Age 55 and Over: 84; 
Under 40: 32. 

Year: "2001"; 
Age 40-54: 77; 
Age 55 and Over: 83; 
Under 40: 33. 

Year: "2002"; 
Age 40-54: 76; 
Age 55 and Over: 83; 
Under 40: 35. 

Year: "2003"; 
Age 40-54: 75; 
Age 55 and Over: 83; 
Under 40: 36. 

Year: "2004"; 
Age 40-54: 75; 
Age 55 and Over: 83; 
Under 40: 36. 

Year: "2005"; 
Age 40-54: 75; 
Age 55 and Over: 83; 
Under 40: 37. 

Year: "2006"; 
Age 40-54: 75; 
Age 55 and Over: 83; 
Under 40: 38. 

Year: "2007"; 
Age 40-54: 74; 
Age 55 and Over: 83; 
Under 40: 39. 

[See PDF for image] 

Source: GAO analysis of United States Bureau of Labor Statistics data. 

[End of figure] 

Many factors influence workers' retirement and employment decisions, 
including retirement eligibility rules and benefits, an individual's 
health status and occupation, the availability of health insurance, 
personal preference, and the employment status of a spouse. The 
availability of suitable employment, including part-time work or 
flexible work arrangements, may also affect the retirement and 
employment choices of older workers.[Footnote 3] 

As the government's human capital leader, OPM is responsible for 
helping agencies develop their human capital management systems and 
holding them accountable for effective human capital management 
practices. One such practice is strategic workforce planning, which 
addresses two critical needs: (1) aligning an organization's human 
capital program with its current and emerging mission and programmatic 
goals, and (2) developing long-term strategies for acquiring, 
developing, and retaining staff to achieve these goals. In developing 
these strategies, we have reported that leading organizations go beyond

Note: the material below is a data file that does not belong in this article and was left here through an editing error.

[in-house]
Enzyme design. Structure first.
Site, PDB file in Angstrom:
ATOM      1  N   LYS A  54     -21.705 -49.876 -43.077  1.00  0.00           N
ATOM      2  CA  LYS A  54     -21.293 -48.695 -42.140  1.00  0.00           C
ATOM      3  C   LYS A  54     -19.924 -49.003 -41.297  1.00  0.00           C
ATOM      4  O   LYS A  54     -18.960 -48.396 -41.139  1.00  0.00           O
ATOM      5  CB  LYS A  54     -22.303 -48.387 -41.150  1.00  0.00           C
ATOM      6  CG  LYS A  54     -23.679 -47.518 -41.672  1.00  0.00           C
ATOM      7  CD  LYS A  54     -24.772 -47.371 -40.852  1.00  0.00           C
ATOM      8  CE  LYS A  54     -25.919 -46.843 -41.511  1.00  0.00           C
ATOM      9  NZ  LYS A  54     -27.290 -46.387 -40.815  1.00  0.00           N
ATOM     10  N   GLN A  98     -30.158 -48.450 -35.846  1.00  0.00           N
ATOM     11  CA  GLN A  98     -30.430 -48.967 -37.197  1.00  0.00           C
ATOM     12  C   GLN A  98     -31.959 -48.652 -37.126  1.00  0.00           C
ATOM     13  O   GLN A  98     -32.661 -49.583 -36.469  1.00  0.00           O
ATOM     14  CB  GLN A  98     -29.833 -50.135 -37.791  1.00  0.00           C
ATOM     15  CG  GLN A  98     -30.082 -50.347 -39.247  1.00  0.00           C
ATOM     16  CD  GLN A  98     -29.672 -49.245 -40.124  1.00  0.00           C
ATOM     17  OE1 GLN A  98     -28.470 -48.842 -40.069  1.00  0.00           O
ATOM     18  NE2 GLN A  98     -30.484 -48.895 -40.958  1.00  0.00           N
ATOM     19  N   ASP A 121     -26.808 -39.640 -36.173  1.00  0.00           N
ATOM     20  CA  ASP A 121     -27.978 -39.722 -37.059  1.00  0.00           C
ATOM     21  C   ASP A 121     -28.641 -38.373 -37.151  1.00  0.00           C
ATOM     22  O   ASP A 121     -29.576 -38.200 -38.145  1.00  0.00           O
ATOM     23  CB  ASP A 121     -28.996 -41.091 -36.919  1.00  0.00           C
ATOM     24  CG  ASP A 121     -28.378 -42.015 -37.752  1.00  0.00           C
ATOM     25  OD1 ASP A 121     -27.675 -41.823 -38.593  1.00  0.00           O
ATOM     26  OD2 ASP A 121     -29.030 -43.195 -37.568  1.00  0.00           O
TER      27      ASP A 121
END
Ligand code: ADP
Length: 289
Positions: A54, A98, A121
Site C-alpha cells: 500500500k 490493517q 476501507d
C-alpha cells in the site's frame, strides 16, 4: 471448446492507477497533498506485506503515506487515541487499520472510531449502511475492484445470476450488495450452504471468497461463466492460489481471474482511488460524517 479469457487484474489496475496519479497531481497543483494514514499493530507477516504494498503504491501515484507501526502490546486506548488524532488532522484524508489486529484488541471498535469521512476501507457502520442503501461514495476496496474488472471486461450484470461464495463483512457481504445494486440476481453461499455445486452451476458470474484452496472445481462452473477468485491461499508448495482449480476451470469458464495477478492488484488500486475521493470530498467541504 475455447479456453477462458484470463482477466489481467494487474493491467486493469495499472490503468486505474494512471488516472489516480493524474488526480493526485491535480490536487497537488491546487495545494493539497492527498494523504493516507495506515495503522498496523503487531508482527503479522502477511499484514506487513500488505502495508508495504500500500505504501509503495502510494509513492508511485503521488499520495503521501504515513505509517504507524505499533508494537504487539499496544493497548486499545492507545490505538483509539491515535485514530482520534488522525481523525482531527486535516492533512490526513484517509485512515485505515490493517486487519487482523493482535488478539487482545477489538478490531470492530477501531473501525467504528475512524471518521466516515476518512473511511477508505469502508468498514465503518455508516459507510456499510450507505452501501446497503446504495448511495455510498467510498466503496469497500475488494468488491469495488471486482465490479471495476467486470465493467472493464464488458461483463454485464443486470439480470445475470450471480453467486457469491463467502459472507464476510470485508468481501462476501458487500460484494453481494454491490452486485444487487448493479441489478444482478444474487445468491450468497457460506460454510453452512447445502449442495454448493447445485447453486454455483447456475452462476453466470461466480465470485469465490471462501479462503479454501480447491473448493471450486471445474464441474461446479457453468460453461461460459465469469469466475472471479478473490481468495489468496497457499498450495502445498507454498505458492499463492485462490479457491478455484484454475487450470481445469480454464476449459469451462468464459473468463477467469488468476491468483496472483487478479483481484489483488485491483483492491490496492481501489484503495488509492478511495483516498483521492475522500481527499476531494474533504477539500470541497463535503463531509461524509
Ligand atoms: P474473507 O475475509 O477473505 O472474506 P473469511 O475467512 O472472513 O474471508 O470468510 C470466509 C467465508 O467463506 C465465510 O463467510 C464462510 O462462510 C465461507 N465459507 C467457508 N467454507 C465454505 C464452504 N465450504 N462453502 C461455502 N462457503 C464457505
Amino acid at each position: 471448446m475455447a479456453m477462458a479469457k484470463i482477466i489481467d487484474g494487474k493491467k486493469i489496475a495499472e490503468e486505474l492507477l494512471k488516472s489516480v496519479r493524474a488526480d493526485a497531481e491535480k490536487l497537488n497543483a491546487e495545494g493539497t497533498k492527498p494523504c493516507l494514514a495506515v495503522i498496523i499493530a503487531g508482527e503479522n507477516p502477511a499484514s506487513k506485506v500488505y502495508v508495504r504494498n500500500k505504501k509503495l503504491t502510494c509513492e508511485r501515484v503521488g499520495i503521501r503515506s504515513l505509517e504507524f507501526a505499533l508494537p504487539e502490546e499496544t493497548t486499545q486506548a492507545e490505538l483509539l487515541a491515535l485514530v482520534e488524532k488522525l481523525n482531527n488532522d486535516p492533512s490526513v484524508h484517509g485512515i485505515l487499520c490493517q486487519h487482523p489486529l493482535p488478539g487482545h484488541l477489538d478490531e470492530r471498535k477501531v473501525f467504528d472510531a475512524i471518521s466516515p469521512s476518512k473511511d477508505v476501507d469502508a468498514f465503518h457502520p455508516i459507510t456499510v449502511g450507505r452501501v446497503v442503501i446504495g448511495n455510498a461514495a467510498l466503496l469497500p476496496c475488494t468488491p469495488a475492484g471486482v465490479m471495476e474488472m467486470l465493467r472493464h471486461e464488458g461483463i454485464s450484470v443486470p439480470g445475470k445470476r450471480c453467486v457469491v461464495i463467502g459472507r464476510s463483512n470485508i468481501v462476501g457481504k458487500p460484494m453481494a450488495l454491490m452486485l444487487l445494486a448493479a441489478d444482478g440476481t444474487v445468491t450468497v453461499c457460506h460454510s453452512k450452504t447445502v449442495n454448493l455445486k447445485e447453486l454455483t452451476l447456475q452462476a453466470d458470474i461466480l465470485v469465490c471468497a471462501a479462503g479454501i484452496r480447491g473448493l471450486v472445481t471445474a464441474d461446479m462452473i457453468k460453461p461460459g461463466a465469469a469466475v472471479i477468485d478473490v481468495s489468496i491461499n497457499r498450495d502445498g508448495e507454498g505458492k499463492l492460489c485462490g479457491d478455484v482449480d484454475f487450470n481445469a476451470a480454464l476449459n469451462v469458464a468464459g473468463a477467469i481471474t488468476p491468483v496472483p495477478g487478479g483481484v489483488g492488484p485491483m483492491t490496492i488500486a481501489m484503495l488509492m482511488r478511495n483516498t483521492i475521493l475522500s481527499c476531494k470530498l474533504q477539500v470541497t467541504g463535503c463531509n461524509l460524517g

a succession-planning approach that focuses on simply replacing 
individuals. Rather they engage in broad, integrated succession 
planning and management efforts directed to strengthening both current 
and future organizational capacity.[Footnote 4] In implementing its 
personnel policies, the federal government is required to uphold 
federal merit system principles in recruiting, engaging, and retaining 
employees. Among other provisions, the merit system principles require 
agencies to recruit and select candidates based on fair and open 
competition, as well as treat employees fairly and equitably. Federal 
agencies can recruit skilled or experienced workers, many of whom tend 
to be older, to fill positions requiring demonstrated expertise. 

OPM is also responsible for administering retirement, health benefits, 
and other insurance services to government employees, annuitants, and 
beneficiaries. It develops implementing regulations when Congress makes 
new options available to federal employees and often takes the lead in 
advocating for new legislative options. 

We and others have highlighted the need to hire and retain older 
workers to address the challenges associated with an aging workforce. 
In so doing, we have called upon the federal government to assume a 
leadership role in developing strategies to recruit and retain older 
workers. At our recommendation, Labor convened a task force composed of 
senior representatives from nine federal agencies[Footnote 5] and 
issued its first report in February of this year.[Footnote 6] The 
report provides information on strategies to support the employment of 
older workers, strategies for businesses to use that leverage the 
skills of an aging labor pool, individual opportunities for employment 
of older workers, and legal and regulatory issues associated with work 
and retirement. While the task force's focus was the private sector, 
some of the strategies it identified are relevant for federal agencies 
as well, for example, providing flexible work arrangements and 
customized employment options that include alternative work schedules 
and part time work. 

The Growing Number of Retirement Eligible Employees in the Federal 
Workforce Highlight the Importance of Strategic Workforce Planning: 

As we and other organizations have previously reported, the federal 
workforce is aging, with an increasing number of employees eligible to 
retire.[Footnote 7] Many of the workers who are eligible to retire in 
the 24 CFO agencies are in executive and supervisory positions, as well 
as in mission-critical occupations. These trends point to the